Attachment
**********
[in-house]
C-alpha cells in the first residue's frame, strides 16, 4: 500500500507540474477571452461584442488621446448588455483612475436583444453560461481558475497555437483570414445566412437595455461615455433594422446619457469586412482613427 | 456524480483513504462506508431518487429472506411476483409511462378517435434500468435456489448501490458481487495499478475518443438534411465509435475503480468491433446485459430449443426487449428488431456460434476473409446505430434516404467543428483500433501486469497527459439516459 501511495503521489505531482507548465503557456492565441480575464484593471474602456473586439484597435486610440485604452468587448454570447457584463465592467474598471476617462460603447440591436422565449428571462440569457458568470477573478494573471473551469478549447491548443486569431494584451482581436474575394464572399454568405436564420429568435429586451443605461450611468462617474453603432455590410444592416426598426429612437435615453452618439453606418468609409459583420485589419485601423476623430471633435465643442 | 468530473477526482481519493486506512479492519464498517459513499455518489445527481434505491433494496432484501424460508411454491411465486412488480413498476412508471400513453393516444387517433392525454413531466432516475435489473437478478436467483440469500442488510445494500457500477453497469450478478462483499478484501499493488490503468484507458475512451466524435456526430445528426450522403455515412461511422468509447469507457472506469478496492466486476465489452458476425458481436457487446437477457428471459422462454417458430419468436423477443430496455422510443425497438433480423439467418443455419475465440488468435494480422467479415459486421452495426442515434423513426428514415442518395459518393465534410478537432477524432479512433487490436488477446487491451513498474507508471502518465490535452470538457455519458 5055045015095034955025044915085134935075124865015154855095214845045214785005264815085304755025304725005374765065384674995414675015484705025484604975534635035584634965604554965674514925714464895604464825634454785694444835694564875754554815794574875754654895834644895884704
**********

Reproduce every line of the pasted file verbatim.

[in-house]
C-alpha cells in the first residue's frame, strides 16, 4: 500500500507540474477571452461584442488621446448588455483612475436583444453560461481558475497555437483570414445566412437595455461615455433594422446619457469586412482613427 | 456524480483513504462506508431518487429472506411476483409511462378517435434500468435456489448501490458481487495499478475518443438534411465509435475503480468491433446485459430449443426487449428488431456460434476473409446505430434516404467543428483500433501486469497527459439516459 501511495503521489505531482507548465503557456492565441480575464484593471474602456473586439484597435486610440485604452468587448454570447457584463465592467474598471476617462460603447440591436422565449428571462440569457458568470477573478494573471473551469478549447491548443486569431494584451482581436474575394464572399454568405436564420429568435429586451443605461450611468462617474453603432455590410444592416426598426429612437435615453452618439453606418468609409459583420485589419485601423476623430471633435465643442 | 468530473477526482481519493486506512479492519464498517459513499455518489445527481434505491433494496432484501424460508411454491411465486412488480413498476412508471400513453393516444387517433392525454413531466432516475435489473437478478436467483440469500442488510445494500457500477453497469450478478462483499478484501499493488490503468484507458475512451466524435456526430445528426450522403455515412461511422468509447469507457472506469478496492466486476465489452458476425458481436457487446437477457428471459422462454417458430419468436423477443430496455422510443425497438433480423439467418443455419475465440488468435494480422467479415459486421452495426442515434423513426428514415442518395459518393465534410478537432477524432479512433487490436488477446487491451513498474507508471502518465490535452470538457455519458 5055045015095034955025044915085134935075124865015154855095214845045214785005264815085304755025304725005374765065384674995414675015484705025484604975534635035584634965604554965674514925714464895604464825634454785694444835694564875754554815794574875754654895834644895884704